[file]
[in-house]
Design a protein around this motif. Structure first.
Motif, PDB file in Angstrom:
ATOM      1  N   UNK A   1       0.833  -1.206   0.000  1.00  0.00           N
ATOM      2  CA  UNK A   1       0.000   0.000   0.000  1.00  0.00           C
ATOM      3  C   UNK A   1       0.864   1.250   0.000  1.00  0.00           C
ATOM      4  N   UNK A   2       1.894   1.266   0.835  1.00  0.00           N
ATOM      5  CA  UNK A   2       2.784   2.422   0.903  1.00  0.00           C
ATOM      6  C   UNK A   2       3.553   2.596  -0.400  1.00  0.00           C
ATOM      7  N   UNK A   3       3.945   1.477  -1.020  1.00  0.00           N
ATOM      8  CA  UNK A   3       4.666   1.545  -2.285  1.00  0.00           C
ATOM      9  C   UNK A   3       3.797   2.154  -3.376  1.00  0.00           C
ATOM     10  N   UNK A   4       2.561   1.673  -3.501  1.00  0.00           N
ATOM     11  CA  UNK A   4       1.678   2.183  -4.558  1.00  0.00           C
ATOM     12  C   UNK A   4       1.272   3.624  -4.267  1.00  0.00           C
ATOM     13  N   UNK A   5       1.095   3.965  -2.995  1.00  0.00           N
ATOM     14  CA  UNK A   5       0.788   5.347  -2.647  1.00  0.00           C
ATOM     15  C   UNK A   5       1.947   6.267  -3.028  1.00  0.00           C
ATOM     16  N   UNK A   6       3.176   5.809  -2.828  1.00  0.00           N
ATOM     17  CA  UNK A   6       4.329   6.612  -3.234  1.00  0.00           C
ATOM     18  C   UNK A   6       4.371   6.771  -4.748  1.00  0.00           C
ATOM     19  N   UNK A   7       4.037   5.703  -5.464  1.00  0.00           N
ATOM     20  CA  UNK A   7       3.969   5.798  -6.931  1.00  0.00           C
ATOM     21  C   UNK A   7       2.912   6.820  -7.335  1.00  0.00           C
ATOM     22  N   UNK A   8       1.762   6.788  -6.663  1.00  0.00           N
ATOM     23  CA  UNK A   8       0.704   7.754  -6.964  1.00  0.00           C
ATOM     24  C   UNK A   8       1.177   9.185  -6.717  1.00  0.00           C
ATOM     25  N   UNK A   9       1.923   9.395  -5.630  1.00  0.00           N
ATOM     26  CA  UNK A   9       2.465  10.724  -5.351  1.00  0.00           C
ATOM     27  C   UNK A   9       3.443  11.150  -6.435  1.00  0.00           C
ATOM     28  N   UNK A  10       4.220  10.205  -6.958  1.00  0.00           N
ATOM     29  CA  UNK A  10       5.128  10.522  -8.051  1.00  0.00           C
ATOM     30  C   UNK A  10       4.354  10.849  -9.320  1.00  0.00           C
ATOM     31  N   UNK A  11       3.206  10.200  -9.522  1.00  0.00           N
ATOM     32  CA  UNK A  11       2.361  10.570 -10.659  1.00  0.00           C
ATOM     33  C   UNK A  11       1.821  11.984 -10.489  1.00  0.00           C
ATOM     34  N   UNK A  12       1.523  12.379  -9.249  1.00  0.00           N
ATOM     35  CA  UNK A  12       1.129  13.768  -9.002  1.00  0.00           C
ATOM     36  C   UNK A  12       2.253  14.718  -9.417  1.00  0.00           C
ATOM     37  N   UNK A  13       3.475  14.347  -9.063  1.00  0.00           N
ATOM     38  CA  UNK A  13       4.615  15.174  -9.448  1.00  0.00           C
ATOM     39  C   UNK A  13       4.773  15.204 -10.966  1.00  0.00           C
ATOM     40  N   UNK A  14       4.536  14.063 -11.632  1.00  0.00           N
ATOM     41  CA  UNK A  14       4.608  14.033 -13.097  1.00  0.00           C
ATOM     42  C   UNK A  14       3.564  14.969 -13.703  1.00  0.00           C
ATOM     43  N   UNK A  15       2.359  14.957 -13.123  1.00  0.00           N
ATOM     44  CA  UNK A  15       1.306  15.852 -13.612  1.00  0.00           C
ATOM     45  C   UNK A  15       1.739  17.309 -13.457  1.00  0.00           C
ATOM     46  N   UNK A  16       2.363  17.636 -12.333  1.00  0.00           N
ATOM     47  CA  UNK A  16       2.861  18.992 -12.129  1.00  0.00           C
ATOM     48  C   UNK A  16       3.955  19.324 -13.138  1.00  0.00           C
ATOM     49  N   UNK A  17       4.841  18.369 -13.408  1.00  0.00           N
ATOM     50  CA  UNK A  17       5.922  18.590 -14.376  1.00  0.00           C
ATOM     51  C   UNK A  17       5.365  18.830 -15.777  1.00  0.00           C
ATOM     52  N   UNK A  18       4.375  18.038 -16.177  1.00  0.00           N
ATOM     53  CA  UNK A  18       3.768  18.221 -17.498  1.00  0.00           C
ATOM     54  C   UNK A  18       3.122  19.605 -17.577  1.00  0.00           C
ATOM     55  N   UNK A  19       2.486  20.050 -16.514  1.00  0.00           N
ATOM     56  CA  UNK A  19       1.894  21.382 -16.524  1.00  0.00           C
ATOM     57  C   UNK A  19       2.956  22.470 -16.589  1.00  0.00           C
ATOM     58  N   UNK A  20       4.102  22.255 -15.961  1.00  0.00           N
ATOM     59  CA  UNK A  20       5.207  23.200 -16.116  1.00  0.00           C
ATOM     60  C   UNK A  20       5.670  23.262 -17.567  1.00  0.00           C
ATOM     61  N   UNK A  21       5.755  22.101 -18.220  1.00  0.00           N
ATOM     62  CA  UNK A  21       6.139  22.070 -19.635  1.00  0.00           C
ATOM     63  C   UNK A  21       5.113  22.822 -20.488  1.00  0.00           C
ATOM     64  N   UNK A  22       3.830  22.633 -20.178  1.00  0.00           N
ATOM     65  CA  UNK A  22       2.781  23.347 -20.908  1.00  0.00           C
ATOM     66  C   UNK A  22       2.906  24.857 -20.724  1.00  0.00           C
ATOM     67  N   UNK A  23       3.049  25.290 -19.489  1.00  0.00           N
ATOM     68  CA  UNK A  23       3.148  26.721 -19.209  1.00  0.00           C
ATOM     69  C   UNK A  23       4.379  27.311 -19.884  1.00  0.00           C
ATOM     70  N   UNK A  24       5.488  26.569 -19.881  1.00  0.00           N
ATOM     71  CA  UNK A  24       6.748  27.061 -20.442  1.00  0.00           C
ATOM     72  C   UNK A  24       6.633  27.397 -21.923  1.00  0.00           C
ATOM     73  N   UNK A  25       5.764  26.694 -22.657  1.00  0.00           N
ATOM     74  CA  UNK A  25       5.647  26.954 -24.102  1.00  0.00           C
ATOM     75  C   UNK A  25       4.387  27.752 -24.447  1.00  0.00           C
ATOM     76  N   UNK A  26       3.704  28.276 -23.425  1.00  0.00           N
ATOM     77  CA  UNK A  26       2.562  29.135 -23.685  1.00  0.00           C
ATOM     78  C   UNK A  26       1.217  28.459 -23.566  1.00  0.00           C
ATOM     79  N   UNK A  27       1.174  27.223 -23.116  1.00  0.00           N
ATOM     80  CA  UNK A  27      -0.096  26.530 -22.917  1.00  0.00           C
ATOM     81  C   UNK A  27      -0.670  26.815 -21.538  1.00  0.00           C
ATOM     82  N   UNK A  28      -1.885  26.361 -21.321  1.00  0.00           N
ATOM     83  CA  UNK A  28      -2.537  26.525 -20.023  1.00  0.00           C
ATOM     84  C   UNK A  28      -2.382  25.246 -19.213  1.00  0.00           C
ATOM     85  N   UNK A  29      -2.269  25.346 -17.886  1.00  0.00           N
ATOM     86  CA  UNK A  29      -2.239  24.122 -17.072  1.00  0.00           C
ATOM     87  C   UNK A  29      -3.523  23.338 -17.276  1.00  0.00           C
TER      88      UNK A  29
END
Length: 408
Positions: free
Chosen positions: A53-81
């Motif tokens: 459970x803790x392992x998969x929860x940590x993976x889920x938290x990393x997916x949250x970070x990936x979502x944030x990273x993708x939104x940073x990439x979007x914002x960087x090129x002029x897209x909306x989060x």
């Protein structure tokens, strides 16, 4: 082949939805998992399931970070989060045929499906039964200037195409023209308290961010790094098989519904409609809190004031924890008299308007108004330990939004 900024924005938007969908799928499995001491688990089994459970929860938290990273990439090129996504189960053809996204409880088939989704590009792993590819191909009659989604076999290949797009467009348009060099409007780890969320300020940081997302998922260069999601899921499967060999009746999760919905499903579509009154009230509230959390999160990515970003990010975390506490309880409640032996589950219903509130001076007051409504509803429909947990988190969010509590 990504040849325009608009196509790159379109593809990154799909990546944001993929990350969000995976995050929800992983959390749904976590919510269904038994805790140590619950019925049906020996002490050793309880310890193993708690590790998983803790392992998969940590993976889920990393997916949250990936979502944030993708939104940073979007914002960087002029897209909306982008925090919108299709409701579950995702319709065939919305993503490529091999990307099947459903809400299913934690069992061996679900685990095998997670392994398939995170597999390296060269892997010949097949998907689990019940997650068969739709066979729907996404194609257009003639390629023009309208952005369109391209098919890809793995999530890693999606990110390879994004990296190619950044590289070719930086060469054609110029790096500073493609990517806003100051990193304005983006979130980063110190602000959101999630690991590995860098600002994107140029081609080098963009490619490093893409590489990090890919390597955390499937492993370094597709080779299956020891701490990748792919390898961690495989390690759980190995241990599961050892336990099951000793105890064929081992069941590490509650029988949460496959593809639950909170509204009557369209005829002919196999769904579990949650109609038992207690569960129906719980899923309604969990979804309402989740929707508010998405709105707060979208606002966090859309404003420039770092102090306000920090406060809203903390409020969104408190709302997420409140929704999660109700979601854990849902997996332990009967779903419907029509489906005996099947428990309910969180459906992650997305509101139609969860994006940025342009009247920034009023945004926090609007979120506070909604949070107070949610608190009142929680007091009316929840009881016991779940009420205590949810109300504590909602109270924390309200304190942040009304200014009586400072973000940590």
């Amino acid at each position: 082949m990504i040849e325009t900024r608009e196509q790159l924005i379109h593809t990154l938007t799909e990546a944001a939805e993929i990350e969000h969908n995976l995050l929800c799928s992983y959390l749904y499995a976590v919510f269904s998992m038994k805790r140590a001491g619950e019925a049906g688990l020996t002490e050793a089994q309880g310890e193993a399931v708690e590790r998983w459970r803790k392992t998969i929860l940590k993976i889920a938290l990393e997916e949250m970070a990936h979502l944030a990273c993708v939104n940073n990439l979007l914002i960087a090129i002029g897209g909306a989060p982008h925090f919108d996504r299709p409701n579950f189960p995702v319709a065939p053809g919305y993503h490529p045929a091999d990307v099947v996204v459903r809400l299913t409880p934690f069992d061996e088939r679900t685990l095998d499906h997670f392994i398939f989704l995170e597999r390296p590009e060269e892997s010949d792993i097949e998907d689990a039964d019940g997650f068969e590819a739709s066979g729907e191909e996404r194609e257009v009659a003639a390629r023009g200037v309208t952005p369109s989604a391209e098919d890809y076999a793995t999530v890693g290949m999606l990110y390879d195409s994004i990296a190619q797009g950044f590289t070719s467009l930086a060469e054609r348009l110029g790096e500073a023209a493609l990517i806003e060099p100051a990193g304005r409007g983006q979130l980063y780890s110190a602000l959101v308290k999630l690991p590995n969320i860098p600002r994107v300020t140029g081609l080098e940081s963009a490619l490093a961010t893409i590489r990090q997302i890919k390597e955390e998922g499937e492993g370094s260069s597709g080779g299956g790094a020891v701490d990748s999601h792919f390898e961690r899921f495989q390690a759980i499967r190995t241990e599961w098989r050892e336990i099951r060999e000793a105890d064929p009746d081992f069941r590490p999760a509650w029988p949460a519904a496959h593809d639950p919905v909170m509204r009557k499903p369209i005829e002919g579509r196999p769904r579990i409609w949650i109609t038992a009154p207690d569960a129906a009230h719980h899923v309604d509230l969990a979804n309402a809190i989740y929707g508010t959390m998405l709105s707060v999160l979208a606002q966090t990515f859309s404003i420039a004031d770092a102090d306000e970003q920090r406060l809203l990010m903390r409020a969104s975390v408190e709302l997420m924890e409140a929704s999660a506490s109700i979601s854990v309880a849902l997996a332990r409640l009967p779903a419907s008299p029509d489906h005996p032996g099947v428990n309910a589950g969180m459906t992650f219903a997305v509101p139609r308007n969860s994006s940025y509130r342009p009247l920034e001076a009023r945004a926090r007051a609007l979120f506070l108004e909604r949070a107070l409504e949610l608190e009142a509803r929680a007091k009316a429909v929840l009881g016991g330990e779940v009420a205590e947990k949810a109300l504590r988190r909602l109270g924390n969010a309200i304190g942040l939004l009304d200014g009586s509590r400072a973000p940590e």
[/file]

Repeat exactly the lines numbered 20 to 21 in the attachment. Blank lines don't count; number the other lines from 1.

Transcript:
ATOM     17  CA  UNK A   6       4.329   6.612  -3.234  1.00  0.00           C
ATOM     18  C   UNK A   6       4.371   6.771  -4.748  1.00  0.00           C